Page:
Vancouver Island: Five Britons die off Canadian coast after whale-watching boat capsizes

Eyewitness says the 65ft vessel was swamped by sudden wave that flipped it over

Tim Walker
US Correspondent
Monday 26 October 2015 21:29
‘Leviathan II’ had 24 passengers and three crew on board on Sunday
‘Leviathan II’ had 24 passengers and three crew on board on Sunday

Five Britons have died and another person is still lost at sea after a boat carrying a whale-watching expedition capsized off Vancouver Island in western Canada. A total of 27 people were on board the Leviathan II when it mysteriously sank in calm seas close to the small town of Tofino.

The British victims are believed to have been four men and a woman, aged between 18 and 76, two of whom were British expatriates living in Canada. A further 21 people were rescued from the water by coastguard and civilian boats. Fifteen were treated at Tofino’s local hospital while three who were more seriously injured were transferred to hospitals elsewhere on Vancouver Island, where they were said to be in a stable condition.

Philip Hammond, the Foreign Secretary, said: “It is with deep sadness that I can confirm five British nationals have lost their lives when the whale-watching boat they were on sank off western Canada on 25 October. My thoughts are with the family and friends of all those affected by this terrible accident.”

Whale watching boat capsizes.mp4

The Transportation Safety Board of Canada has opened an investigation into the incident, which took place less than a week before the tour operator, Jamie’s Whaling Station and Adventure Centres, planned to end its whale-watching excursions for the winter.

The Leviathan II could carry up to 46 people, according to the firm’s website. Though the boat would have stored lifejackets on board in case of emergency, passengers were not required to wear them as a matter of course. The 65ft vessel was reportedly carrying 24 passengers and three crew members when it set out from Tofino on 25 October. It sent out a mayday call shortly before 4pm as it sank eight miles from the town, in an area known as Plover Reefs. A rescue helicopter and boats arrived within 30 minutes.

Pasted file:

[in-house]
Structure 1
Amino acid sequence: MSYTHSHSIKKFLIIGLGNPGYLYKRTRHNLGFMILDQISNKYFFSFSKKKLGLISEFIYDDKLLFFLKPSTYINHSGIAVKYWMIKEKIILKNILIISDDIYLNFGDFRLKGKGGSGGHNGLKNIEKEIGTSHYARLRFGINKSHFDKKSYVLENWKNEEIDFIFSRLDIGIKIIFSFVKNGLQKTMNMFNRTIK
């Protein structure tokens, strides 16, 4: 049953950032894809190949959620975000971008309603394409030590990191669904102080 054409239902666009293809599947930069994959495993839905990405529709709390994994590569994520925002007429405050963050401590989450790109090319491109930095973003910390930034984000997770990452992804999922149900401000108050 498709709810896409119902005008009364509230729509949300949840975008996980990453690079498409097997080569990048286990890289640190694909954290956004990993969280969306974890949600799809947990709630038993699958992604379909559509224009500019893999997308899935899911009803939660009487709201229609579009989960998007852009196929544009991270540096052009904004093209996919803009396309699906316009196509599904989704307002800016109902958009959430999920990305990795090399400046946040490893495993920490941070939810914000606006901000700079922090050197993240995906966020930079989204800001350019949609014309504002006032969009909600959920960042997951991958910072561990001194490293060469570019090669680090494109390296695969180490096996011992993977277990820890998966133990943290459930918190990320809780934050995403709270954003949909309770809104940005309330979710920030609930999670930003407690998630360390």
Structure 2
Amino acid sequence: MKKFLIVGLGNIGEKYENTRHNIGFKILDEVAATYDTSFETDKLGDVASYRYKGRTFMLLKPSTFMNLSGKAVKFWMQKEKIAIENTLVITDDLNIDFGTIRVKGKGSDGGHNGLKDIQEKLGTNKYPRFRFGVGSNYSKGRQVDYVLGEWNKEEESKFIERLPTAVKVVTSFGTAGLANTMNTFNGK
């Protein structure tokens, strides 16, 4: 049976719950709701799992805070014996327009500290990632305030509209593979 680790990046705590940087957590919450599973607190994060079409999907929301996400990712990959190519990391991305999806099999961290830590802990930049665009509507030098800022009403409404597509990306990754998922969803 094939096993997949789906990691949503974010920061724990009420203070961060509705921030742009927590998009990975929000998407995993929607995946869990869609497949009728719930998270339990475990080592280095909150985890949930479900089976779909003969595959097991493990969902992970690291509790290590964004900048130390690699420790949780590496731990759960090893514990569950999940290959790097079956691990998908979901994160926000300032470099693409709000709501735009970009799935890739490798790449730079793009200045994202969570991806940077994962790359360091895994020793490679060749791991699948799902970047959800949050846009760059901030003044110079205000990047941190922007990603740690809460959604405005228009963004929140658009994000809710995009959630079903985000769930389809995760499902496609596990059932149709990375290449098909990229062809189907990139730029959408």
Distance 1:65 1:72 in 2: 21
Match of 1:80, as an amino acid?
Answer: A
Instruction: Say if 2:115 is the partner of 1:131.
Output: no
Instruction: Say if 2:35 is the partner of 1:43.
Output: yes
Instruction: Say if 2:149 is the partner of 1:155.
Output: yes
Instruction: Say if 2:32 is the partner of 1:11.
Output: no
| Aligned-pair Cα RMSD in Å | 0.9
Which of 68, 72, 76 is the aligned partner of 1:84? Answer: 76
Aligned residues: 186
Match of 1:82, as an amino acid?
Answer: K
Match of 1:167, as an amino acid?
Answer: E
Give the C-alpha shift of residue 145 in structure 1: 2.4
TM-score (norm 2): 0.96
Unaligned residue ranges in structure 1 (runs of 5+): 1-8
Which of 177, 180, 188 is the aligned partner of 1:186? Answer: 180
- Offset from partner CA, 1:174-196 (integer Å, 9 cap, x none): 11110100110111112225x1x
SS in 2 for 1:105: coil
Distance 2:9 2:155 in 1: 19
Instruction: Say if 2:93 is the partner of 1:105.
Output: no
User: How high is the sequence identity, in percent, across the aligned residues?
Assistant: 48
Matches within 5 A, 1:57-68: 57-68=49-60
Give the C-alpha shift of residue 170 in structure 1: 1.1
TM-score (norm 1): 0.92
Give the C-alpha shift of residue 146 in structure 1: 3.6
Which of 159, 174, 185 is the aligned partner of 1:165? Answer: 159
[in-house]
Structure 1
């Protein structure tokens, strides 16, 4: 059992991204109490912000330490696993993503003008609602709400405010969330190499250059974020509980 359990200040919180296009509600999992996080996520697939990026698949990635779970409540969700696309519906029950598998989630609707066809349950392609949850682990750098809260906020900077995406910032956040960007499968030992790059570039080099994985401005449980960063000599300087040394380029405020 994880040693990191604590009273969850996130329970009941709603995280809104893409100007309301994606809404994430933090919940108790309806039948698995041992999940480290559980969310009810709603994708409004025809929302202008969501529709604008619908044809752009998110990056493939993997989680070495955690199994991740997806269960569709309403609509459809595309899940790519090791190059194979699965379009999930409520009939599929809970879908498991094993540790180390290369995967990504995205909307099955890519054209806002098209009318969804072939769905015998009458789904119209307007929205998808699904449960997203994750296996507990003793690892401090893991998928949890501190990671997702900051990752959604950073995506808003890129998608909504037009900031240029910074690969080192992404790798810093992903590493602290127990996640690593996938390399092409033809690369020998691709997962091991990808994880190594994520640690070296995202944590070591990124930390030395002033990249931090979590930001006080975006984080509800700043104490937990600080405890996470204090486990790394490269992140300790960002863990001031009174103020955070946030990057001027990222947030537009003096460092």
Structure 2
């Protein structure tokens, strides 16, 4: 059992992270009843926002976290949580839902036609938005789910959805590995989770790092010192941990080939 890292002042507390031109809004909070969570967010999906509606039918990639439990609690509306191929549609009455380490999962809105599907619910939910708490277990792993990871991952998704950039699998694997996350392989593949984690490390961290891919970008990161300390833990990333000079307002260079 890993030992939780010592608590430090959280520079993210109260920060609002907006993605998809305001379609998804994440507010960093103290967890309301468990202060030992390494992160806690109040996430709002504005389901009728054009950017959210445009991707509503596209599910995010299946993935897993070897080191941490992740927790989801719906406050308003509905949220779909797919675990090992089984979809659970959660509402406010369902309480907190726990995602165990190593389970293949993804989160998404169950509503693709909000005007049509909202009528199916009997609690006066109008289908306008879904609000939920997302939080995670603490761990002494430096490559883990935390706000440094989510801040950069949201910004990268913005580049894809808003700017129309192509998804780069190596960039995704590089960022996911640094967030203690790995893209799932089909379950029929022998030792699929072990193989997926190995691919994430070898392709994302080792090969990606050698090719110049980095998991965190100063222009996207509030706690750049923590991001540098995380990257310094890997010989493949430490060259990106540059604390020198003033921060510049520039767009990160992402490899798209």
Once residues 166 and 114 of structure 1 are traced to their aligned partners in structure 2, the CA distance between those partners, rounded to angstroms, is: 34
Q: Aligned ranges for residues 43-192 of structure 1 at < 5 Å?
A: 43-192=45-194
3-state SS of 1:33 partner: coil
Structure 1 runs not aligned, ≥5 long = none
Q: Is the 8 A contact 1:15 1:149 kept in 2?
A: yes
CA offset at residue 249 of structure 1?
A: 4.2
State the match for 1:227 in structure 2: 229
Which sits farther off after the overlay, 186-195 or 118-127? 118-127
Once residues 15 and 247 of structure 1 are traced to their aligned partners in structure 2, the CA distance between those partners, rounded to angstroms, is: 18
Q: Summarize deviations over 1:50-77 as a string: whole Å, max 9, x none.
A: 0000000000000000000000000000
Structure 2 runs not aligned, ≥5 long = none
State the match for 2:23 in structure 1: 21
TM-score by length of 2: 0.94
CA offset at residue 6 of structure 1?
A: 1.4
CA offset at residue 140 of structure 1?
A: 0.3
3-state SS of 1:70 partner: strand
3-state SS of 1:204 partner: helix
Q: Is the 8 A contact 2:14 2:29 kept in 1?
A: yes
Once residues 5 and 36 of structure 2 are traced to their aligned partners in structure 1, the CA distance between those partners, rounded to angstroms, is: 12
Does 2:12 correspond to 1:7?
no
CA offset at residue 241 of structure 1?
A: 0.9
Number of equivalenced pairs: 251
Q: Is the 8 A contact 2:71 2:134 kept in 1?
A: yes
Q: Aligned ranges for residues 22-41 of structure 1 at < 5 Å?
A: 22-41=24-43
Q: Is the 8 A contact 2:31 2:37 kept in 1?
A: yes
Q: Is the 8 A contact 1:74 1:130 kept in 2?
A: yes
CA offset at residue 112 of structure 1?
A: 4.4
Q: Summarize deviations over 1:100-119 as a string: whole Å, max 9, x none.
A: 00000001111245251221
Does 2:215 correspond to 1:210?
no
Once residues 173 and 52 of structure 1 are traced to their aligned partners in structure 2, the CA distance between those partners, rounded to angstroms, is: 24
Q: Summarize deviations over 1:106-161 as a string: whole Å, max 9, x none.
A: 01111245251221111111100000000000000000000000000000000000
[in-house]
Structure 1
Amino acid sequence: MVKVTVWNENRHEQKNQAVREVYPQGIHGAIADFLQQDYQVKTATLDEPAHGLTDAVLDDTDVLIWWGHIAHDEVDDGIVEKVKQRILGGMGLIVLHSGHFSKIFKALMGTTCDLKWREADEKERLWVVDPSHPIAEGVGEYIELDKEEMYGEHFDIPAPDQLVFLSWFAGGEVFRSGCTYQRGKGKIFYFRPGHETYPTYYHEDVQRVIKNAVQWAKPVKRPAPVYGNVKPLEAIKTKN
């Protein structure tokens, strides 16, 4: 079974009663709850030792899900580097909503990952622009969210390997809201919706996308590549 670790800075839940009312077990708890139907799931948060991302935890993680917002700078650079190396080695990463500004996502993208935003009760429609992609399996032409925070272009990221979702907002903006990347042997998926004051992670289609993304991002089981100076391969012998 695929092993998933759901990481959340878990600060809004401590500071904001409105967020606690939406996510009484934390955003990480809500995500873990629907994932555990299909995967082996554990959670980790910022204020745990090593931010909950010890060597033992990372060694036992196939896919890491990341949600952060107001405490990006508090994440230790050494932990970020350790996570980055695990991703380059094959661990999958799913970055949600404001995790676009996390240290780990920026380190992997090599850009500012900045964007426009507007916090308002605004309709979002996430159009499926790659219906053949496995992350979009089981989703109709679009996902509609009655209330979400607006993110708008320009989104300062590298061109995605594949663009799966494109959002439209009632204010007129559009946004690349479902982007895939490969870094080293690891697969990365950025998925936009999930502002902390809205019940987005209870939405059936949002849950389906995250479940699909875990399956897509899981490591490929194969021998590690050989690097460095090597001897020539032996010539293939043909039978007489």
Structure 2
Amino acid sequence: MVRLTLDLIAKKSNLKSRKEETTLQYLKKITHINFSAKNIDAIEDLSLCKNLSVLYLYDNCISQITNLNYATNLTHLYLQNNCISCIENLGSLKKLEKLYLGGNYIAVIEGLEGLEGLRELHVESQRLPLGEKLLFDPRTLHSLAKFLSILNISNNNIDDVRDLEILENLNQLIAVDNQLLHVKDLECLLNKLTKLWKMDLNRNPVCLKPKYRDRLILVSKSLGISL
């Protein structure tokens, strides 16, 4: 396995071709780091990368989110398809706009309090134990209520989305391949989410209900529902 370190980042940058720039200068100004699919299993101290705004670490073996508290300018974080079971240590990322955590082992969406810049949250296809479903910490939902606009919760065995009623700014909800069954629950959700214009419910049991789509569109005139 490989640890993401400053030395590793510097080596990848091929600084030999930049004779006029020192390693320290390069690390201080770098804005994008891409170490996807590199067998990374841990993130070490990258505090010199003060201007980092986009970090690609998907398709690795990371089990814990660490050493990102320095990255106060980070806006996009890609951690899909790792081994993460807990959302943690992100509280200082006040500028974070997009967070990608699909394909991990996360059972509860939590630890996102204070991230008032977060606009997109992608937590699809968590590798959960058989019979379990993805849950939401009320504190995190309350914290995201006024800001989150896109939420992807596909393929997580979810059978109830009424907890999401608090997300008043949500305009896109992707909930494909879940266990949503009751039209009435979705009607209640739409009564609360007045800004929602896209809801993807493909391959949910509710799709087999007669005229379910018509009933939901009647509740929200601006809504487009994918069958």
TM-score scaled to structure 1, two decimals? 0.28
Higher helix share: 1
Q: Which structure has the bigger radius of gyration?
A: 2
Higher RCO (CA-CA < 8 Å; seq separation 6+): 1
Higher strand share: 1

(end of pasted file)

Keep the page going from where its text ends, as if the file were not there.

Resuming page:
Several of the rescue boats were from the Ahousat First Nation, an indigenous tribal government on Vancouver Island. Ahousat councillor Tom Campbell watched from the Tofino waterfront as the boats carrying survivors returned to shore. “Their looks tell the whole story,” he told Associated Press. “You can’t describe looks on people that are lost. They look totally lost – shocked and lost.”

Alec Dick, from nearby Ahousat, told Canada’s Global News network: “They got swamped by a wave, it flipped their boat completely.” Asked if the people on board had had time to put life jackets on, he added: “I don’t think they had time to do anything.”

In a statement on his firm’s Facebook page, Jamie’s Whaling Station owner Jamie Bray wrote: “It has been a tragic day. Our entire team is heartbroken over this incident … We are doing everything we can to assist our passengers and staff through this difficult time. We are co-operating with investigators to determine exactly what happened.”

It is the second time such a tragedy has struck the same company. In 1998, a 20ft boat carrying just four people on a whale-watching trip in the same area of Plover Reefs was struck by a large swell, which tossed all four overboard. The boat operator and a German tourist were killed. “It does happen in a coastal community,” Tofino mayor Josie Osborne told Canada’s CTV News. “It’s a beautiful, stunning environment but not without its risks.”

Tofino, a fishing village of about 2,000 people around 175 miles from Vancouver, is a popular destination for tourists keen to see whales in the wild. The season runs from March to October. A coastguard communication station in the town was closed earlier this year.

Justin Trudeau, Canada’s recently elected Prime Minister-designate, expressed his thanks to those involved in the rescue. “I know first-hand of this coastal area’s natural beauty and the many people who visit here from all around the world,” he said. “My thoughts and prayers are with the passengers, the crew, and their families at this most difficult time. We will continue to offer them support in the days ahead.”

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